CNN aired a telling segment on how the Military-Industrial-Congressional Complex works. The Army insists holding off on refurbishing thousands of sedentary tanks sitting in the California desert, which would save taxpayers $3 billion. But 173 members of Congress disagree: The jobs in their districts and campaign contributions they might lose if producing and fixing tanks momentarily halts is just too much, though don't expect any of them to say that. Contractor powerhouse General Dynamics, which spreads around money to Congress quite generously, stands to benefit.
Leading the way here is defense contractor darling Rep. Buck McKeon (R-Calif.), chair of the House Armed Services Committee. In a darkly amusing point in the piece, McKeon, the top recipient of defense industry cash in Washington, tells CNN he has no idea how much money General Dynamics, a top five defense contractor, gives to him.
Rep. Buck McKeon, a Republican from California and chairman of the House armed services committee, said he didn't know General Dynamics had given him $56,000 in campaign contributions since 2009 until CNN asked him about it.
"You know, the Army has a job to do and we have a job to do," McKeon said. "And they have tough choices because they've been having their budget cut."
McKeon said he's thinking about the long range view. "... If someone could guarantee us that we'll never need tanks in the future, that would be good. I don't see that guarantee."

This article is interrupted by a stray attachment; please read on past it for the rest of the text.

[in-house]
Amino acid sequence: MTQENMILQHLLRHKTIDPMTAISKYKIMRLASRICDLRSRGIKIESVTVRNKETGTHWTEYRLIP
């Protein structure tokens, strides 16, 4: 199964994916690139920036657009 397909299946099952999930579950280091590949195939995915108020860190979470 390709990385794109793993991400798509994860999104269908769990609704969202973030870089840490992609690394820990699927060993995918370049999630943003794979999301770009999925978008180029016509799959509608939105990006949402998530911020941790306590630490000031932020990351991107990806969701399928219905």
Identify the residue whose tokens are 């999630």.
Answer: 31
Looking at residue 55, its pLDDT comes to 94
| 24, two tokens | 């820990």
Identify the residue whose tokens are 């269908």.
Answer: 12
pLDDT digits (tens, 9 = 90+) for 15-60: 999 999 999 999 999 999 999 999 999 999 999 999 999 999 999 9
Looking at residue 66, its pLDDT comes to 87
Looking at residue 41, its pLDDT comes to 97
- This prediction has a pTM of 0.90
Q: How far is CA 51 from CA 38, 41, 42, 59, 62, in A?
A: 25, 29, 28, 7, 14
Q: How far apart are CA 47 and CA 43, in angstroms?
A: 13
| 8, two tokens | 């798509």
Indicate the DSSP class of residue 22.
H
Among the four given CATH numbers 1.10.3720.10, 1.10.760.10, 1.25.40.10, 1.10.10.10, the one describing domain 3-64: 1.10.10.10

Similarly, his Democratic counterpart on the committee, Rep. Silvestre Reyes, who has received $64,000 from General Dynamics since 2001, said he is worried about the workforce if the Lima plant is closed for three years.
"Listen, we don't want to play Russian Roulette with the national security of this country," Reyes said.
As usual, rather than admit this is about self-preservation, these members hide behind national security to justify this waste. This is the stranglehold the Pentagon Scheme -- the flow of money from Congress to the Pentagon to contractors and back -- has on taxpayer dollars.
CNN finishes out the piece showing how this deal went down even as top Army brass didn't want it, and what it means for General Dynamics' bottomline:
So how did Congress respond to Gen. Odeirno's request to shut down production until 2017?
The answer came in the proposed congressional budget for next year. It includes $181 million for tanks the Army doesn't want or need now. That begs another question: who will likely get the money for the 70 or so tanks covered by that contract when it goes out for bid?
"General Dynamics would probably get the contract for it anyway because they are kind of the ones that are out there leading the way on this," said McKeon.
This system is beyond broken. CNN does a nice job of exemplifying how in this piece. Watch it here.
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